In 1983, Bill Carlson made history when he became the world’s first person with Type 1 diabetes to complete the Hawaiian Ironman Triathlon World Championship.
In an age when people using insulin were discouraged from doing strenuous exercise, Bill was one of a thousand World Championship competitors to swim 2.4 miles, bike 112 miles, and run a full marathon. He did it in thirteen hours, twenty minutes–45 minutes of that time was spent on medical checks.
To people with diabetes everywhere, Bill Carlson was immortalized as a pioneer. He used the world’s stage to show us that there’s no type of exercise a person with diabetes shouldn’t do, as long as they’re willing to control their condition.
Since his diagnosis at age 16, Bill has raced in more than 300 triathlons, marathons, ultramarathons, and bicycle road races.
Now in his fifties, working full time, Bill still manages to ride 40 miles on his road bike each day, in between interval runs, swim workouts, and week-long treks on the Pacific Crest Trail with his daughter. He’s known to ride his bike 120 miles to show up for dinner at a friend’s house. He is training the only way he knows how, harder than ever.
Since the beginning, Bill made it a point to share his technical knowledge to a world in need. Following his undergraduate studies in exercise science, Bill took the opportunity to work professionally with the world’s leading physicians, physiology labs, sports brands, nutrition, pharmaceutical, and device companies, developing groundbreaking protocols for an increasing patient population. He became the National Physical Fitness Chairman for the American Diabetes Association, and spoke extensively throughout North America.
“I manage my diabetes so that I can ride, so that I can run, so that I can swim,” says Bill. “Physical activity happens to be the best thing for an insulin-dependent diabetic. The passion is what needs to be disseminated amongst all people with diabetes.”
In 1991, Bill returned to physical therapy school so that he could better understand the human body while he continued to perform at the highest level as an amateur athlete.
Bill’s athletic career began as the first insulin pump was hitting the market, and injectable insulin still came from pigs. Hourly blood-sugar checks would take up to two minutes.
Today he can track his blood glucose levels in real-time on a smart phone…or even a smart watch as he logs miles on the bike. Synthetic insulins are delivered through pumps with a footprint smaller than a credit card and color touch screens.
The years have brought many changes and improvements to diabetes management, but Bill’s message has always remained the same. Keep a positive attitude, continue to move your body, and always be on top of your blood sugar control.
“I’ve had diabetes for 39 years, and my body feels great. Don’t let life pass you by,” he says.
Skills and attitude have been pivotal toward Bill’s success. And his attitude is the same today as it was in 1983.
“I see myself as a regular guy, an athlete who just happens to monitor his blood sugars and take shots, that’s all,” he says. “It’s just a normal part of my daily routine.”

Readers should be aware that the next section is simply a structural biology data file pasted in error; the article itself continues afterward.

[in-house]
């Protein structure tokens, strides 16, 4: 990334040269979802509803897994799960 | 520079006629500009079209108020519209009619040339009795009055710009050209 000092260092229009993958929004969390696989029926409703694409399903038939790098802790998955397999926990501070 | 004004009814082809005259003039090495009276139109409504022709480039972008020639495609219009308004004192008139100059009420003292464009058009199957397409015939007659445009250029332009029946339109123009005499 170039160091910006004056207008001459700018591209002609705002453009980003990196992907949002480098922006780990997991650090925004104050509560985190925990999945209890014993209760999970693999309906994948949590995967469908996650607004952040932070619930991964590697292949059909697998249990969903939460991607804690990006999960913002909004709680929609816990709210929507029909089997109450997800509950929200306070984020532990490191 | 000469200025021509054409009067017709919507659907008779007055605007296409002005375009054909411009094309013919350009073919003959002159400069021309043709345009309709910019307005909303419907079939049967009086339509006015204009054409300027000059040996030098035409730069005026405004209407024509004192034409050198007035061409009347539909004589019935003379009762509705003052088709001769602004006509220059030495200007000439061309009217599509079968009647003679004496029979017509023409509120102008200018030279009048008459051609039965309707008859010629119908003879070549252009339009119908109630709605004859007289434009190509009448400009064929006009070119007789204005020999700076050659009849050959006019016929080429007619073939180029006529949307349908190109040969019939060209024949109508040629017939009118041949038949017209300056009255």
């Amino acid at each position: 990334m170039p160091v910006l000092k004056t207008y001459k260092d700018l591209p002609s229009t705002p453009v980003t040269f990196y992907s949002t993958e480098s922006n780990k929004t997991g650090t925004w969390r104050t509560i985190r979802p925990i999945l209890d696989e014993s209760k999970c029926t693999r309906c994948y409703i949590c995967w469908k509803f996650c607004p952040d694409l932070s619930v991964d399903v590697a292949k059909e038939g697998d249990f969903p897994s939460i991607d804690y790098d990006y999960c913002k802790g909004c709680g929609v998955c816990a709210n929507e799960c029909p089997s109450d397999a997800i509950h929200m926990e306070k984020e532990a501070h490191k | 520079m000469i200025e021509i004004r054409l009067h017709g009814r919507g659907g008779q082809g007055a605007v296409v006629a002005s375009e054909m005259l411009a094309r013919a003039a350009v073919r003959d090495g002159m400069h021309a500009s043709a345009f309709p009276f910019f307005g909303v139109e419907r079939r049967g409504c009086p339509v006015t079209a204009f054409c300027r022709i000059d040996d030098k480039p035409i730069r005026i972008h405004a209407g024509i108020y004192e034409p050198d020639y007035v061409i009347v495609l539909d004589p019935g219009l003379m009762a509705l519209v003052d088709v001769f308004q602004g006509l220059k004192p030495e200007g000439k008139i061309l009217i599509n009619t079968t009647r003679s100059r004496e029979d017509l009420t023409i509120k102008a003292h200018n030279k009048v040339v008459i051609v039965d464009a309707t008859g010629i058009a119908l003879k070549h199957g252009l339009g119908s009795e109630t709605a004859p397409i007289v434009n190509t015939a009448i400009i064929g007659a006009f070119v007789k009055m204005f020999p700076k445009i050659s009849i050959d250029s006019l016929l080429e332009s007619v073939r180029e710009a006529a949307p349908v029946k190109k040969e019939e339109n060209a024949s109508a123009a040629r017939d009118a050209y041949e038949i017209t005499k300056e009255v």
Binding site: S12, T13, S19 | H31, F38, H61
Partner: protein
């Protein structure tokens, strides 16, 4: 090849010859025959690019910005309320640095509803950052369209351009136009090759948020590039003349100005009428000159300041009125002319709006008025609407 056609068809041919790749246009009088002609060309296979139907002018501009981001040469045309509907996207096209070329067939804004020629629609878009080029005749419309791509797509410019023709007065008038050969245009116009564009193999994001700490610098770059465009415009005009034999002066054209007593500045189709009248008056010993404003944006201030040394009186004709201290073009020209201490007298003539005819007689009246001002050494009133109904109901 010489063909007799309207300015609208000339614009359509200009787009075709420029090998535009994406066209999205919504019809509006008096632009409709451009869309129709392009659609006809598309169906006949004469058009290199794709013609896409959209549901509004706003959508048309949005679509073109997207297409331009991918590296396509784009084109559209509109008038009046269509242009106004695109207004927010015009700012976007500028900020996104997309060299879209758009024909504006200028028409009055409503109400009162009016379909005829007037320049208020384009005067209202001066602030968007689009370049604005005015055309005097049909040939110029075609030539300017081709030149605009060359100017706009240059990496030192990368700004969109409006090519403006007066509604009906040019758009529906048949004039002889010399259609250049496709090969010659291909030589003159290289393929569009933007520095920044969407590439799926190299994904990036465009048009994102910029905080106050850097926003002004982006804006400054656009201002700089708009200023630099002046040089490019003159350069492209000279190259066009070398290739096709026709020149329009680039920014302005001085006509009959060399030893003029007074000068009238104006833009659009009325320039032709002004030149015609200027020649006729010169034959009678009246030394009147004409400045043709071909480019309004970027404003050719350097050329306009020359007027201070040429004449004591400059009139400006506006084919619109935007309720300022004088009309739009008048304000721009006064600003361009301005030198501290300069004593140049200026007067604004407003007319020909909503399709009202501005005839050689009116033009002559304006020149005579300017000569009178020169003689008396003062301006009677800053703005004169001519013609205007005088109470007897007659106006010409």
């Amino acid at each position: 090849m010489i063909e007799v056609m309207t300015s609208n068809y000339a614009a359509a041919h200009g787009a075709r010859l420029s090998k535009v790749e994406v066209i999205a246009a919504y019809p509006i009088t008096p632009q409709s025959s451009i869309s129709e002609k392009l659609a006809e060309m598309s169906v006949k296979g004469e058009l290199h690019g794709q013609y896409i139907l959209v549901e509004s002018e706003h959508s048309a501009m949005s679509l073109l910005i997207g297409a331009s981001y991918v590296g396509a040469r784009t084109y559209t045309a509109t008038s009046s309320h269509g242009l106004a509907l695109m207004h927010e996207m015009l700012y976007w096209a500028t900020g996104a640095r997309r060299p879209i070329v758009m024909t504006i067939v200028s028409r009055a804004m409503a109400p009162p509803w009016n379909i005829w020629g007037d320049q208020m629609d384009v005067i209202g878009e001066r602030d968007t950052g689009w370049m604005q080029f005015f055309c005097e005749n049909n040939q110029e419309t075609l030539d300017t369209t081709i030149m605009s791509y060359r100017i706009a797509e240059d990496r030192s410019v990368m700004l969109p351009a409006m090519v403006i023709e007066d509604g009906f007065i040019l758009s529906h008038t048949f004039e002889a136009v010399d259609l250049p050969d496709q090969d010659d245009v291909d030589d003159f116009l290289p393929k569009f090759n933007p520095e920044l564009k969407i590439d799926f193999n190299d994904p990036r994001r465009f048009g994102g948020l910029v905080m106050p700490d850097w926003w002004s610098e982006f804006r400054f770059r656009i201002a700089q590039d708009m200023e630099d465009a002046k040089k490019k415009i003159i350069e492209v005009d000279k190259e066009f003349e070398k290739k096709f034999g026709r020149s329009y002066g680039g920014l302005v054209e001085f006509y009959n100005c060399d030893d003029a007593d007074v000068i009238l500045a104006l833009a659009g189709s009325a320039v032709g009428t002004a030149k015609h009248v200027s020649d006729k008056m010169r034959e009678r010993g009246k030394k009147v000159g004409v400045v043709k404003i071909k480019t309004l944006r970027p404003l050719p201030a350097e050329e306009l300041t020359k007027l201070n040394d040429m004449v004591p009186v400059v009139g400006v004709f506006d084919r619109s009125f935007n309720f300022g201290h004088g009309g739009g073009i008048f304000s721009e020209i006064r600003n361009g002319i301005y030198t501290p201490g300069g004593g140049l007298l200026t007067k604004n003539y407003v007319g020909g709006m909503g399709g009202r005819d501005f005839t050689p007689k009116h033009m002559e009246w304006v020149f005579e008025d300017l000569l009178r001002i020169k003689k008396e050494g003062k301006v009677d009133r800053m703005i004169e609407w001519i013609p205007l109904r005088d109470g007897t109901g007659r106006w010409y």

And as the years pass, perceptions of life with diabetes continue to change. Today there are thousands of people with diabetes doing triathlons, climbing mountains, participating at the highest level in sport—all thanks to a pioneer named Bill Carlson.
Carlson’s mission was made even more personal in 2007, when his 10-year-old son Clayton was diagnosed with type 1 diabetes. It was then that Bill decided it was time to return to the World’s Stage, back to the Ironman World Championships.
Since 2008, when he first attempted to re-qualify for the Hawaiian Ironman, Bill has fine-tuned his approach, earning a podium finish in the 2015 Wisconsin Ironman. His performance earned him a coveted entry into the 2016 Ironman World Championship in Kona.
“Kona means to me another opportunity to show the world that someone with diabetes can do the most difficult athletic performance and succeed,” Carlson says.
It will be 33 years since his historic finish in 1983, six months prior to completing his Doctorate in Physical Therapy, and just two months after his wife and biggest supporter Suzanne was diagnosed with Hodgkins Lymphoma.
At the 2015 Madison race there were more than 40 other athletes with diabetes competing alongside Bill. With his help, studies have already proven that exercise can reduce diabetes-related complications. But, for Bill Carlson, there is still work to be done to educate and empower a world of people living with diabetes.
“I want to be on the forefront of helping people realize that there is a healthy way to live,” said Bill. “If there’s a way I could change the way that people eat, the quality of the foods people eat, and improve the exercise quantity so that diabetes could be lessened or at least people have a better understanding how to manage diabetes, that would be a huge win and a huge mark that I could leave when my time here is up.”
This year Bill will be racing wearing Bib #398 in the 55-59 age category. On race day he can be tracked using various Ironman athlete tracker apps available online and for download on mobile.